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Three Tips for Creating a Flexible Change Mindset
Darwin once said, “It is not the strongest of the species that survive, nor the most intelligent, but the ones most responsive to change.”
These words ring truer than ever today, as our customers, competitors, and markets are changing at increasingly faster paces. Change has never been this fast and will never be this slow again.
To not only survive but thrive in the current competitive marketplace, an organization’s internal rate of change needs to move at the same pace, or faster, than external change. If we apply Darwin’s observation to today’s business world, we can assume that the organizations that land on top are the ones that are the most agile and adaptive. Organizations must be open to approaching their internal and operational processes differently, routinely seeking out ways to change and improve upon the status quo – or else the market will simply outrun them.
Leaders and organizations need to challenge themselves and their people to continue to look for new methods and innovations. Some of you may need to do this through necessity – there’s a new competitor snapping at your heels or rapidly changing market conditions have forced your hand. But in many ways, this is just good business sense. Looking back at history, there are companies that were on top for a very long time, but they got comfortable with the status quo and many of them are gone now. You know who they are or were.
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“The biggest regret most people have when looking back on their lives and careers tends not to be the things they tried and failed at, but the things they never tried. The majority of entrepreneurs don’t have these regrets, as the possibility of creating surpasses the fear of failure – but most large businesses don’t act that way.”
Getting Comfortable With Change
If you believe an agile and adaptive culture and entrepreneurial energy are critical to capturing – and sustaining – a position as a leader in your marketplace, are you pushing for change to create a more effective and efficient company? Or, are you playing it safe, sitting by the sidelines with a great idea, waiting for someone else to go first?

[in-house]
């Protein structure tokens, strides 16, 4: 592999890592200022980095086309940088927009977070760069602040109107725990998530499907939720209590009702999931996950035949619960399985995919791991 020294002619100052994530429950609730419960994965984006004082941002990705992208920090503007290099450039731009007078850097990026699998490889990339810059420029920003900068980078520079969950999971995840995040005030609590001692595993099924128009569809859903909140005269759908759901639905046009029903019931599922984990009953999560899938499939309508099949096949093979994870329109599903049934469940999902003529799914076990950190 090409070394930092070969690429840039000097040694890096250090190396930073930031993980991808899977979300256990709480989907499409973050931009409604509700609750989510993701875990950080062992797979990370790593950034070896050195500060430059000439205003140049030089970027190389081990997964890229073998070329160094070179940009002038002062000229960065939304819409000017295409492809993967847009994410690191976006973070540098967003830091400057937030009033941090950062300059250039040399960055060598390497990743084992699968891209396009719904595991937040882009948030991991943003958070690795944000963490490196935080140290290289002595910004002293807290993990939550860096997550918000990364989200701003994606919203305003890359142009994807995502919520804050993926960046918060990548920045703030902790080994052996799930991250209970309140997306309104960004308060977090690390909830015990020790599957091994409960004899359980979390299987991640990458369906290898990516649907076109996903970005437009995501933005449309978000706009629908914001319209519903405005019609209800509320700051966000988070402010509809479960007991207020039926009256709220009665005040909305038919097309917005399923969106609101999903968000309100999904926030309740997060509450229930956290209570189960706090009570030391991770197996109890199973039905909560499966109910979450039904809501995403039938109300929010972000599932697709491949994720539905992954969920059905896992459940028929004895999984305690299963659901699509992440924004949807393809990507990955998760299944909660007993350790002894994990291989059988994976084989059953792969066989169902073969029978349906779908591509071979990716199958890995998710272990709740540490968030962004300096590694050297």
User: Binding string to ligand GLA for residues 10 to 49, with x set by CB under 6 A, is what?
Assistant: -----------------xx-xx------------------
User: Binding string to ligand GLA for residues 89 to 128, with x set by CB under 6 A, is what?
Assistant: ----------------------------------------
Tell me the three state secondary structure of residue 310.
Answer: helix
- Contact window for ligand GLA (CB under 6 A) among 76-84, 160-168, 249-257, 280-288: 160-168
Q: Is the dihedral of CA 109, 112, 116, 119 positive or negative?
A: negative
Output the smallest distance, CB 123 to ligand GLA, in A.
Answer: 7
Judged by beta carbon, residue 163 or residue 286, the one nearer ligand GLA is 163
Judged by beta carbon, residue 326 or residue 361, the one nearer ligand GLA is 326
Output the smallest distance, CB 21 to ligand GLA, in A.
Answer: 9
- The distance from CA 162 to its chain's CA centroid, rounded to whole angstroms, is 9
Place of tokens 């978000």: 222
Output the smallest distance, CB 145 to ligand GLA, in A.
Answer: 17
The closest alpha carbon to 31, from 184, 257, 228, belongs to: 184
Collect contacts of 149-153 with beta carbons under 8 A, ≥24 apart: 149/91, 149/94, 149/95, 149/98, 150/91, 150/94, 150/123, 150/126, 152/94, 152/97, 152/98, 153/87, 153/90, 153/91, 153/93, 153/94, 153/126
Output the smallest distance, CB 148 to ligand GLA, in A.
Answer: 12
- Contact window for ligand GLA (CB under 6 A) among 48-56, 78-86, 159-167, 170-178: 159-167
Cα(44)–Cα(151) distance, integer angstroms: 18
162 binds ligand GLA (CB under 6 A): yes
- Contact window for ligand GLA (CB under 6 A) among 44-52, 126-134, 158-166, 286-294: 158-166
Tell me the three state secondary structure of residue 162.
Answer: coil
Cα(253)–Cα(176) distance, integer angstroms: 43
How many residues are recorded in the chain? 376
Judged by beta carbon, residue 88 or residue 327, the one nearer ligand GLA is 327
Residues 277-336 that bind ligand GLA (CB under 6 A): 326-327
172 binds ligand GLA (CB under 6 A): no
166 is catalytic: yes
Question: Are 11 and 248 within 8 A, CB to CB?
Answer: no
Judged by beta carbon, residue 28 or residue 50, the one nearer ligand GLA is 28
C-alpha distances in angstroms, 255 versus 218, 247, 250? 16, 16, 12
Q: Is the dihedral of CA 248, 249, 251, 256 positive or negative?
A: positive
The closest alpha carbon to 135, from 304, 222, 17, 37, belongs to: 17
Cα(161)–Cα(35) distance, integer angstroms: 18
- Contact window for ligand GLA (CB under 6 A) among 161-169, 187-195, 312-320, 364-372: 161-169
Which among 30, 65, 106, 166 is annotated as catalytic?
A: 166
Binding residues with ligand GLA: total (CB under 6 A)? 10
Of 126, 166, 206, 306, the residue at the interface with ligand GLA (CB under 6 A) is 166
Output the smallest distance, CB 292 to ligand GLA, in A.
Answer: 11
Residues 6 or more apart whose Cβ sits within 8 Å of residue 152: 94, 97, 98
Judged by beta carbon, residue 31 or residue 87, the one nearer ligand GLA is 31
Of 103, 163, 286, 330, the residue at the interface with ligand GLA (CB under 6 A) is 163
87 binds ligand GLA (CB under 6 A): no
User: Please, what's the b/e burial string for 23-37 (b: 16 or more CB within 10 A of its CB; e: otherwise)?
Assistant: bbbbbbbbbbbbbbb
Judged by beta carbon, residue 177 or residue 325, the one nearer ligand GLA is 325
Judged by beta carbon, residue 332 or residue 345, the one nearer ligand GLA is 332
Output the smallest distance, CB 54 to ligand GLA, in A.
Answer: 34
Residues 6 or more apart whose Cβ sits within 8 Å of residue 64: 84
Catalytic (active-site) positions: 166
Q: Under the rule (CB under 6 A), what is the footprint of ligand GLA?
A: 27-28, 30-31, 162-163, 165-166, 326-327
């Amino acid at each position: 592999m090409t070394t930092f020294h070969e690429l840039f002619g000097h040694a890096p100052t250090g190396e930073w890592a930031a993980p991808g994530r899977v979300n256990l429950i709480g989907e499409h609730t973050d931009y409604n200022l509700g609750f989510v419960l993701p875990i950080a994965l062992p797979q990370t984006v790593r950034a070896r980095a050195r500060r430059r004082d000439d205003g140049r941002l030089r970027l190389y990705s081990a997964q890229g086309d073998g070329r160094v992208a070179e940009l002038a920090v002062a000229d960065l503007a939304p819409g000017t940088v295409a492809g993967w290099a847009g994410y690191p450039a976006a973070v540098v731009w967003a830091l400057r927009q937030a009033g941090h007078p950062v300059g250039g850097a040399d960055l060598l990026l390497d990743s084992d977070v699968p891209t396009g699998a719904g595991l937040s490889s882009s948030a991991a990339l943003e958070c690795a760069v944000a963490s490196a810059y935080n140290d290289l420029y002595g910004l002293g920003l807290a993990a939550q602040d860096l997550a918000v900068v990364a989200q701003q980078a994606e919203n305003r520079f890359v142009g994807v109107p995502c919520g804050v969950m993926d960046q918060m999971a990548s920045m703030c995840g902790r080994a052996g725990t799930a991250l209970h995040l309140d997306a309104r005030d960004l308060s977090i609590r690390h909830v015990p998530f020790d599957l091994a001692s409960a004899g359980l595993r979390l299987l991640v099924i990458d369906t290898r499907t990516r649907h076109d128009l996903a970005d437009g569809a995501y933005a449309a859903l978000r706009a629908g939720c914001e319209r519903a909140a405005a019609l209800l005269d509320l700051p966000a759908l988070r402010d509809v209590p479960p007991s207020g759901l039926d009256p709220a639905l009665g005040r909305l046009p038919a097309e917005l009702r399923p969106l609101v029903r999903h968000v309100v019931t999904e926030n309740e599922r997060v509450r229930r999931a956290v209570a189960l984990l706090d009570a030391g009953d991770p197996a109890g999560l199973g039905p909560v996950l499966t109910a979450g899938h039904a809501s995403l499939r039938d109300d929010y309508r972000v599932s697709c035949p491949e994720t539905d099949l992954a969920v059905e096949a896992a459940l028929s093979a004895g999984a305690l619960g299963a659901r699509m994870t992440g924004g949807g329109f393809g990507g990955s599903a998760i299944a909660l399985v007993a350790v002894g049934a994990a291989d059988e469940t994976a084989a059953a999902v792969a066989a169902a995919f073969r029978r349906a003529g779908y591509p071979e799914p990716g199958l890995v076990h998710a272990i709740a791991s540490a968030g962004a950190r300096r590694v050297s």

Most of us say we want change, but we really don’t – we’re afraid of it. The reasons to fear change are logical: it can be costly, time consuming, or go against typical company protocol. Worse, there’s no way of knowing how that change might impact your role, team, or department.
The most successful companies have employees who consciously call out the disconnects, who don’t hide behind fear, and who lead change so their organization can keep up with – or outpace – the external change rate.
No one loves failure, but companies that are adaptive accept it as part of the process. There is such a thing as a “good failure” that should be acknowledged, learned from, maybe even celebrated because there are usually perfectly acceptable reasons it didn’t work out.
Setting Your Organization Up For Success
Here are three key elements that drive adaptability and agility:
1 | LEADERS SET THE TONE.
When employees decide whether an organizational goal or initiative is serious or not, they look at company executives and at their manager’s behavior first. Are the leaders providing lip service along the lines of “This too shall pass” and “Do as I say and not as I do” or are they authentically standing behind the goal?
Leaders are the pace car of change and must be particularly conscious at the beginning of a process that their every action and activity is being watched and directly impacts the appetite of the organization to take more or less risk and to volunteer ideas or not. It’s critical for leaders to have honest conversations about this with one another if they want to create a more agile and adaptive culture and understand that the change only moves as fast or slow as their own ability to lead by example.
2 | FOSTER AND ENABLE THE NETWORK.
We live in an age where leaders can’t and won’t have all the answers, and that is okay. The best answers are often hidden in plain sight in different parts of the organization. Great companies not only have the culture that encourages these ideas to surface, but they make it very easy to surface them and connect them to the people who can use that
Hampton has a highly effective website where general managers frequently post questions, suggest ideas, and comment on and rate the content on the site. Designed in conjunction with the end-user audience, it is now sustained in a decentralized way by them. It is also an invaluable listening post for leaders in the organization to learn about what is and is not resonating with management and guests at the hotel. So, think about what type of user-centered platform might work for you and your culture that allows for sharing of ideas and listening to the collective wisdom of the talent within your organization.
3 | EVALUATE YOUR DEGREES OF FREEDOM.
Agility and adaptability require you to distribute responsibility more broadly. Most large organizations understandably create protocols to manage risks. This could be anything from the rules in place for expense reports and reimbursements to the latitude provided to respond to a customer problem.
Look at some of these items and ask yourself how much trust you have given your employees to act as representatives of your company. Likely, it inversely correlates to the creativity, innovativeness, and agility of your organization. There are obviously limits, but challenge how much you can let go of to empower your people to make decisions closer to where the action is happening rather than moving up and down internal bureaucracies.